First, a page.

From Power-to-X to X-to-Power

In Power-to-X, electrolysis and other processes are used to convert electricity into alternative fuels like hydrogen, ammonia and methanol. The next step, which we might call ‘X-to-Power’ and is an important step in the decarbonising of the transportation sector, enables the use of ‘X’ as a fuel in (for example) the shipping industry.

One of the leading players in this area is Ballard Power Systems, which designs, develops, and services PEM (Proton Exchange Membrane) hydrogen fuel cells. In a fuel cell, a chemical reaction takes place to convert hydrogen into electrical energy. When used as a fuel, hydrogen only generates water and heat as by-products. This makes it possible to operate emergency backup power systems, buses, trucks, trains, ships, and other kind of systems and vehicles with zero emissions.

Ballard is headquartered in Canada, but its European facilities are located in Hobro, Denmark. Here Ballard designed, developed and builds its FCwave™ fuel cell module.

"As the name implies, we developed this module for maritime applications. A single module has an output of 200 kW. By combining multiple modules, it's possible to power large vessels, like the cruise ferries that operate between Copenhagen and Oslo. There's incredible potential here," says Karin Jessen Kristiansen, Senior Compliance Engineer at Ballard Power Systems Europe.

Ballard boat flow

The many advantages of a type approval

Before a fuel cell module like FCwave™ can be marketed and integrated on ships, it must undergo a series of tests (safety and functional) to receive a type approval from a certification agency; Ballard chose to work with classification society DNV. 

"A long series of internal and external tests are required to document safety characteristics for a variety of situations that can occur at sea. In return, though, you're not only assured that you meet the stringent rules and regulations in the marine industry – you're also getting a mark of quality," Kristiansen explains.

A wide range of tests, from electromagnetic to climatic

FORCE Technology conducted several of the tests required as part of the DNV certification process for the FCwave™ module. A specialist from FORCE Technology visited Ballard in Hobro to test the fuel cell's electromagnetic compatibility (EMC), which determines whether the fuel cell could disrupt other systems on a ship, such as the emergency radio. These test results are presented in a 70-page report. 

Additionally, FORCE Technology subjected the module to a series of climatic stress tests at its own facilities, including the climate chamber in Hørsholm. The tests were configured to demonstrate that FCwave™ is capable of withstanding the heat in an engine room without incurring damage.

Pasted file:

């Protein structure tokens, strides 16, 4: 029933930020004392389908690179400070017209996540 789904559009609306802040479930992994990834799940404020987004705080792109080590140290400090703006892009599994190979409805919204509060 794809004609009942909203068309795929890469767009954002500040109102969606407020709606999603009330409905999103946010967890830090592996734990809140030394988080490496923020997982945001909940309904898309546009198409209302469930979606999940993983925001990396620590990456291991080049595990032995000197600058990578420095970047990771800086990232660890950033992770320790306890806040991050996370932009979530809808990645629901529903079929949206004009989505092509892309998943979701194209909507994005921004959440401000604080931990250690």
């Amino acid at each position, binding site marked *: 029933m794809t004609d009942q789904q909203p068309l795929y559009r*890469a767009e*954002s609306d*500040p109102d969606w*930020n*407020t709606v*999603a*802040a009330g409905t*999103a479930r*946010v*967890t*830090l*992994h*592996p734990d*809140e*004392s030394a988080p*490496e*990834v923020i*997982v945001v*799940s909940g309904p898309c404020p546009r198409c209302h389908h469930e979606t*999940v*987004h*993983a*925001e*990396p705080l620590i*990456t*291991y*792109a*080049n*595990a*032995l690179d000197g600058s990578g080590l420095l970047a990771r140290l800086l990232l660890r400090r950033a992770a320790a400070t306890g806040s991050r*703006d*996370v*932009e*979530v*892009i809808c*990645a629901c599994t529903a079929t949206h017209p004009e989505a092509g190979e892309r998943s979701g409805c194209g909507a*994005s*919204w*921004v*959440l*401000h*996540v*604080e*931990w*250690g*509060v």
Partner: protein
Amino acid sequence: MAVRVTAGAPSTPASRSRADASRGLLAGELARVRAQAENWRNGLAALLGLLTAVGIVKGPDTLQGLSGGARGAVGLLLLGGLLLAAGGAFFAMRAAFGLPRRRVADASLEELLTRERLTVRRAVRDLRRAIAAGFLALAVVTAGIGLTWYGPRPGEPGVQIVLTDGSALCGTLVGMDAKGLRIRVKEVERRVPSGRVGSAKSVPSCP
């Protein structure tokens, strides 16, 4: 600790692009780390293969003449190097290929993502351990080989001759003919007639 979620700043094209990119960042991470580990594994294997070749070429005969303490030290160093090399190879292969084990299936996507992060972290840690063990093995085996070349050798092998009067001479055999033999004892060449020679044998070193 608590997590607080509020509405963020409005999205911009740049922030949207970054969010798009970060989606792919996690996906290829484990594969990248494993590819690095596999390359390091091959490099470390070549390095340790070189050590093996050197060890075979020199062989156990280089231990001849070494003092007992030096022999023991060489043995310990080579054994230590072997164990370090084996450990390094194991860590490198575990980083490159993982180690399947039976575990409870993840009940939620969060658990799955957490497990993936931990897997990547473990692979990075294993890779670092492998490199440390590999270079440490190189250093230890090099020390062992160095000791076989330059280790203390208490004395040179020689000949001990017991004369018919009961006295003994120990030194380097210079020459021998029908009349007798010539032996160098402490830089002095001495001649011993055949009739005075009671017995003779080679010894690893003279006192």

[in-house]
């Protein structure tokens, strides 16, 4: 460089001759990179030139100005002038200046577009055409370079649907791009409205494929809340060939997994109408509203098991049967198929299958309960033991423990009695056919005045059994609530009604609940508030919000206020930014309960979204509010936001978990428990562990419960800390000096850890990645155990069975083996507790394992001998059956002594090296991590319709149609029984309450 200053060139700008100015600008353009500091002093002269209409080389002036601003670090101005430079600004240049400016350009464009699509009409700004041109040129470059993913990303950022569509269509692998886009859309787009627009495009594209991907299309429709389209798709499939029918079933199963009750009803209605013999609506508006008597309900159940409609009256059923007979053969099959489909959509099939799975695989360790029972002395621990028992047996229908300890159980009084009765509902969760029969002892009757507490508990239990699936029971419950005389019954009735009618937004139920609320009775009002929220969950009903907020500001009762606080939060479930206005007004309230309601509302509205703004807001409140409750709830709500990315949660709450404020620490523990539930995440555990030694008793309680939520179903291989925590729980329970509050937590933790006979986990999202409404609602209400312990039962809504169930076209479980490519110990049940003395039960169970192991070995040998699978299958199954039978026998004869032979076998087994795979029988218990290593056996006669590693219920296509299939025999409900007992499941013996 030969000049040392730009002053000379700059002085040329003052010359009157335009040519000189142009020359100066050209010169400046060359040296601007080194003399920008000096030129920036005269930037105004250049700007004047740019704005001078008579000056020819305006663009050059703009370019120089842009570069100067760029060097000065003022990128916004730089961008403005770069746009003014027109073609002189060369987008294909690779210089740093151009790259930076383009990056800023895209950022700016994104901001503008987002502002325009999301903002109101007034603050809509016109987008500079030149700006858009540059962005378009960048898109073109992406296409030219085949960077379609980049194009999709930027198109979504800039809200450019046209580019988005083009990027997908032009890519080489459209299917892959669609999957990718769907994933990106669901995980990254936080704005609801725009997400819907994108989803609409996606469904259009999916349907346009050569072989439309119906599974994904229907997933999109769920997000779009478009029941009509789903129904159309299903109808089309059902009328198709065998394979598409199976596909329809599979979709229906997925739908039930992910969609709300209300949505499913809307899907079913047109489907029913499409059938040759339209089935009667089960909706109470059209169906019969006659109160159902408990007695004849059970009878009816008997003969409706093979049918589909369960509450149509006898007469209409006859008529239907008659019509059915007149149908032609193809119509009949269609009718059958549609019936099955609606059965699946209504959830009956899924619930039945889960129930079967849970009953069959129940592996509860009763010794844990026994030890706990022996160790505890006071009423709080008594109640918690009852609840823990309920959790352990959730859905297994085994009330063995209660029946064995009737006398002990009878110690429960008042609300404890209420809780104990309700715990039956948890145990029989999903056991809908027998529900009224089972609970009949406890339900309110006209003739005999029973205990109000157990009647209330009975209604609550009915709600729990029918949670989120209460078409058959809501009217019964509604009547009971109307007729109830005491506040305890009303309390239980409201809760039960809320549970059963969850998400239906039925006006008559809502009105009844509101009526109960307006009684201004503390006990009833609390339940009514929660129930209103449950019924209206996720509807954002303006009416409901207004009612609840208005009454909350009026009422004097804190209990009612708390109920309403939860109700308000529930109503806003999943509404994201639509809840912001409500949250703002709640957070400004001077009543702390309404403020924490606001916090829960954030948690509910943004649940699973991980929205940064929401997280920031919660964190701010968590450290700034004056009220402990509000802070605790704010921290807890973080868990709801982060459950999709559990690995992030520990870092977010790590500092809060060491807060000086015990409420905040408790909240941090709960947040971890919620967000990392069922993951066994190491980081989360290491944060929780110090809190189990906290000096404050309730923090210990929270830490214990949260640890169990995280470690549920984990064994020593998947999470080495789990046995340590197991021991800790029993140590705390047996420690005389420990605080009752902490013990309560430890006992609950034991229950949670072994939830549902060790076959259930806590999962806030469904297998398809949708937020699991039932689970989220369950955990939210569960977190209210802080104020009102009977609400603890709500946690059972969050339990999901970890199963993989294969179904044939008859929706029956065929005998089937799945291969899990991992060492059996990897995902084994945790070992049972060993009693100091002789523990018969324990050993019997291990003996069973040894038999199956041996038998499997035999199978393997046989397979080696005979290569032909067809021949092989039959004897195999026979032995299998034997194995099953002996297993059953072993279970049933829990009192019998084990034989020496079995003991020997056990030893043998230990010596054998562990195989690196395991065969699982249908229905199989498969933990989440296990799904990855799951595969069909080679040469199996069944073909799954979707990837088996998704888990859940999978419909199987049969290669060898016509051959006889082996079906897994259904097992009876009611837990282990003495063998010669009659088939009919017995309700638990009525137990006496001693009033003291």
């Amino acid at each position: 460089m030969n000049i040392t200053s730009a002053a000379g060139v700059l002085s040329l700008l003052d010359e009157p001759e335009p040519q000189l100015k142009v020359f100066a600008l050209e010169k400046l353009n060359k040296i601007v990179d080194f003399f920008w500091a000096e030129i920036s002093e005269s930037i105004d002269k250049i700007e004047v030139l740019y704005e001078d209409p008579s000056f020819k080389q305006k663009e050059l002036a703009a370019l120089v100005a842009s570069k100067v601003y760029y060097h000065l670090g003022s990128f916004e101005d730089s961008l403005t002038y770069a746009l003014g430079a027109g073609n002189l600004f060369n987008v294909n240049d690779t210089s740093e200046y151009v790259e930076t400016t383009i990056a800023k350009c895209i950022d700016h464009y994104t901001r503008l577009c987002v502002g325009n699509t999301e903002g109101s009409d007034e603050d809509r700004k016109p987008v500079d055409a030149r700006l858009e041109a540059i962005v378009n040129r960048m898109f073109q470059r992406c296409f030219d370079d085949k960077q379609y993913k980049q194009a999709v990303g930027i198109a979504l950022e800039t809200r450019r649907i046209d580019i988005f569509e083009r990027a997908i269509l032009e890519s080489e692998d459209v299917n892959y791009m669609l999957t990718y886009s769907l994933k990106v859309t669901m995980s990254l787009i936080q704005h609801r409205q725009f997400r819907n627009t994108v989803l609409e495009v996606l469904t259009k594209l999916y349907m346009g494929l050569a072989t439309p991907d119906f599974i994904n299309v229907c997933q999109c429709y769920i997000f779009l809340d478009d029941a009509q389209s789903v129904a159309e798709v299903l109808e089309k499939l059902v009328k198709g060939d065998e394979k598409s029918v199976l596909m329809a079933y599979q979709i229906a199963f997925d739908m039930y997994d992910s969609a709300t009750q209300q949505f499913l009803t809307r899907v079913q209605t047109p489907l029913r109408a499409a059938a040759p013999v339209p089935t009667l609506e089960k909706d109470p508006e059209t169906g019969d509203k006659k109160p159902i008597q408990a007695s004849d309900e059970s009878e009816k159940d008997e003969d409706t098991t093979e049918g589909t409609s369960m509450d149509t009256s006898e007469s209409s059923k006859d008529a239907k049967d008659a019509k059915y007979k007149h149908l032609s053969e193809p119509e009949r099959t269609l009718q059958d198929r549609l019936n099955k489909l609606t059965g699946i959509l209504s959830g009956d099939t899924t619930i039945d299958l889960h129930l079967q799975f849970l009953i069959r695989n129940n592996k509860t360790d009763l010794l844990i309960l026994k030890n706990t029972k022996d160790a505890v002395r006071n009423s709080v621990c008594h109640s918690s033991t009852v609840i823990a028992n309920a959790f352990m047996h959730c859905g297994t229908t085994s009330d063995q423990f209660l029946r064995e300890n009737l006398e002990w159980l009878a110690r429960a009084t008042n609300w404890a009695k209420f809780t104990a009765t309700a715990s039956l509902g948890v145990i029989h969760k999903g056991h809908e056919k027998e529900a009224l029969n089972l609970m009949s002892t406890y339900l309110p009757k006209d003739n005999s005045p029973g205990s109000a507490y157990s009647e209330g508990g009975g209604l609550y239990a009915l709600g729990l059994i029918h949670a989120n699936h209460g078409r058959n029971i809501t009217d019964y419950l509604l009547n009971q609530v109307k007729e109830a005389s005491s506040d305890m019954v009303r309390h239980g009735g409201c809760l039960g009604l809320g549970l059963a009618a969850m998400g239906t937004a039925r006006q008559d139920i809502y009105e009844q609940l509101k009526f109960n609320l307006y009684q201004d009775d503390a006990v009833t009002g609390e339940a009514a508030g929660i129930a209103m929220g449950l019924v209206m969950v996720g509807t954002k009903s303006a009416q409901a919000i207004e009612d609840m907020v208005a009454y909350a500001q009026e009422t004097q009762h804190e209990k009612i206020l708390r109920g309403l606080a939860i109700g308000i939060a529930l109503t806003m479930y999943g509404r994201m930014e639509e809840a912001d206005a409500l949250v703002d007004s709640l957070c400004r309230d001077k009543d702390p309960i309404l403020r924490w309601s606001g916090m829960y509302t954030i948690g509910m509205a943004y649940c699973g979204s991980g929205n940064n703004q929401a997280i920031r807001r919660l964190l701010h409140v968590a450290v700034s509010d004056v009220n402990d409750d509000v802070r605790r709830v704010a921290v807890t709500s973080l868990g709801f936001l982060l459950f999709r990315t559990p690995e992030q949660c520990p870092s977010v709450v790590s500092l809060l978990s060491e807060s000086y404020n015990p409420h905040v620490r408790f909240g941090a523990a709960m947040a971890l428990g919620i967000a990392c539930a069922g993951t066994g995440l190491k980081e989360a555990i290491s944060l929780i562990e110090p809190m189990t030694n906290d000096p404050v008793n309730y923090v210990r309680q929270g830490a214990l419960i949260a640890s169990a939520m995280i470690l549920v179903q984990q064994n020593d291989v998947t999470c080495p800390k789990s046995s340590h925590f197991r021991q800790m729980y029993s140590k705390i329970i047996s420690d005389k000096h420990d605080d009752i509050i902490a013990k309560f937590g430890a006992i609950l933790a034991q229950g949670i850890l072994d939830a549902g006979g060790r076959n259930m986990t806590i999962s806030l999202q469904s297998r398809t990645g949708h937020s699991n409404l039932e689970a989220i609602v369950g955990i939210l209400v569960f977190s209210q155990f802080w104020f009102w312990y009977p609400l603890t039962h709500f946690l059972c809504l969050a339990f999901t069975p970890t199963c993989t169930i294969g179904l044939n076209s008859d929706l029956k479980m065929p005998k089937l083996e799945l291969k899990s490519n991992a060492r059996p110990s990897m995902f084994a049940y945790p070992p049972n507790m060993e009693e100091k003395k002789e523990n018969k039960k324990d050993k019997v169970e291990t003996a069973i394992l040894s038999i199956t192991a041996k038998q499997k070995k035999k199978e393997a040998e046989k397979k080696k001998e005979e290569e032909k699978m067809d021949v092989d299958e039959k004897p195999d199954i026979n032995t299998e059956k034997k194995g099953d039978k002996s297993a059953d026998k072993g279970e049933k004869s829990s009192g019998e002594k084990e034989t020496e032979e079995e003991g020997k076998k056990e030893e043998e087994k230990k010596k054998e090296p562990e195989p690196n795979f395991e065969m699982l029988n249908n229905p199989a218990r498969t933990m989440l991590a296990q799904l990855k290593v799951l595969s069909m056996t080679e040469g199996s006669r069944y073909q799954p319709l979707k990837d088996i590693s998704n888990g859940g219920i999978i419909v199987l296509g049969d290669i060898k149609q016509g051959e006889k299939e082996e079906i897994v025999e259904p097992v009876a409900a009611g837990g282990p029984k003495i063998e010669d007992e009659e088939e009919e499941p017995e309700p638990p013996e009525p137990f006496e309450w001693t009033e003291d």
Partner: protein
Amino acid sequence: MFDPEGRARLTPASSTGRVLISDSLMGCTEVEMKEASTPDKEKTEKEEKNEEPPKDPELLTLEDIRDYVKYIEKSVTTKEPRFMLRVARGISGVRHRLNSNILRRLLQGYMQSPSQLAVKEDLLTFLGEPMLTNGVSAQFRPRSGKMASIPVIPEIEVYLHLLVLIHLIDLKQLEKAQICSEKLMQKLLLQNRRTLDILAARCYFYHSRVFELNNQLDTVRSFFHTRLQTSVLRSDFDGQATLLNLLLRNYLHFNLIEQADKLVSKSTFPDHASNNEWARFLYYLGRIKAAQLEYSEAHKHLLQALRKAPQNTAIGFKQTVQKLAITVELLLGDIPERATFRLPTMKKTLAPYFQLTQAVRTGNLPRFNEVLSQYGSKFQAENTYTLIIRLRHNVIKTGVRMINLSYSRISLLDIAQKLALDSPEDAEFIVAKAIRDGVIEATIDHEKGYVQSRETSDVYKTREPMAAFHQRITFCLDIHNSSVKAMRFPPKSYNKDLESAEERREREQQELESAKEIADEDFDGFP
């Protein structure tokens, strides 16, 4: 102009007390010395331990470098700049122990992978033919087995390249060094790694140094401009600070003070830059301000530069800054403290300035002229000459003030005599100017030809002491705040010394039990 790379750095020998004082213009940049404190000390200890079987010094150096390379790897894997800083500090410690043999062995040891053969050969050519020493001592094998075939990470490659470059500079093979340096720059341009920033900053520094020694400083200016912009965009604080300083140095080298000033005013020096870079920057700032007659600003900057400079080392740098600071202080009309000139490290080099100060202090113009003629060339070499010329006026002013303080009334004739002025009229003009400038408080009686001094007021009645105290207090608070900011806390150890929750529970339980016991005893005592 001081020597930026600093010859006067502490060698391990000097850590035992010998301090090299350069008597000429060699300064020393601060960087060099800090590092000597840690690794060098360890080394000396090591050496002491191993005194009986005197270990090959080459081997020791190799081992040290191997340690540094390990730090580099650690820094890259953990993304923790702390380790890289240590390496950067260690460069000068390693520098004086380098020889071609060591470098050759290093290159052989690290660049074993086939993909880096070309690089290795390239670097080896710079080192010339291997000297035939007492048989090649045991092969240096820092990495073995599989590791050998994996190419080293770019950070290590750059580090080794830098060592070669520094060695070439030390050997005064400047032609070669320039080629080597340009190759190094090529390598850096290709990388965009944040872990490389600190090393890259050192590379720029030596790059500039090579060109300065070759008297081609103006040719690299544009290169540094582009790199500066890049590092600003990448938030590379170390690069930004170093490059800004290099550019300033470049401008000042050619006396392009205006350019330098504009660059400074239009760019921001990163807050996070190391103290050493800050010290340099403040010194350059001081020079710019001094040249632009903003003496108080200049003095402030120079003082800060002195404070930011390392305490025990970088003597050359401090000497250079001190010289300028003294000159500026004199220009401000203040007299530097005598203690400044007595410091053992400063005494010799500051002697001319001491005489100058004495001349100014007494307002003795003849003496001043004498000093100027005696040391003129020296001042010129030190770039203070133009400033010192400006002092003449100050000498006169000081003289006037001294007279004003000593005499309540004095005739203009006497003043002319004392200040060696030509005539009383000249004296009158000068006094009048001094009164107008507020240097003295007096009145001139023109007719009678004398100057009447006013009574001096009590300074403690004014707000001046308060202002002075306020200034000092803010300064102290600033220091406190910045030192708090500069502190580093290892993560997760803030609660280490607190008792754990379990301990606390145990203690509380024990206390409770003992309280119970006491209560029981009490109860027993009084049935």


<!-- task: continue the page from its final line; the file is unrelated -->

"Despite how complicated these tests are, working with FORCE Technology has been a smooth experience. Communication was open and flowing in terms that were easy for laypeople to understand, and the expertise was clear," says Kristiansen. 

Ballard also notes that because FORCE Technology's testing facilities are DANAK-accredited, it was not required for DNV to be present to observe the full testing process. 

Queueing up for hydrogen-powered ships 

With the certification in hand, FCwave™ is now officially the world's first fuel cell module to receive DNV type approval for maritime use. This positions Ballard as an industry leader, contributing to the pivot to zero-emission power in the marine industry.

Demand has increased significantly since the announcement of the completed FCwave™ type approval. Customers around the world are preparing to install FCwave™ modules. Karin Jessen Kristiansen / Senior Compliance Engineer at Ballard Power Systems Europe

Given the increased focus on upcoming climate targets set for the shipping industry, interest in zero-emission fuel cells is especially high in Europe. For instance, Norled's MF Hydra ferry, which has two FCwave™ modules on board, will soon be operating in Norway's fjords.

Demanding certification improves access to new markets

FCwave™ was developed specifically for the marine industry, but as Kristiansen puts it, "in simple terms, this is an engine powered by fuel cells. This means that the module can be used to supply energy in other applications as well.”

In that regard, the comprehensive DNV certification is a major advantage for Ballard. "The maritime industry has very stringent requirements," Kristiansen explains. "Because of that, we can use the test results and experience from the certification process and apply it in other markets and applications." 

Following the FCwave™ certification process, Ballard requested FORCE Technology's assistance with another fuel cell module – FCmove™, designed for buses. This module needed to undergo a comprehensive series of emission and immunity tests set out in the EMC directive.

Getting clarity on market requirements

While having its fuel cells tested, Ballard also sought know-how from FORCE Technology on clarification regarding certification requirements across market segments. 

"For instance, when it comes to EU regulations, it can be difficult to figure out which directives and compliance requirements apply to different market segments, as fuel cells and hydrogen safety are still new to the regulatory world. FORCE Technology can provide clear answers to some of these questions. That’s really helpful," Kristiansen concludes.

The fuel cell module FCwave™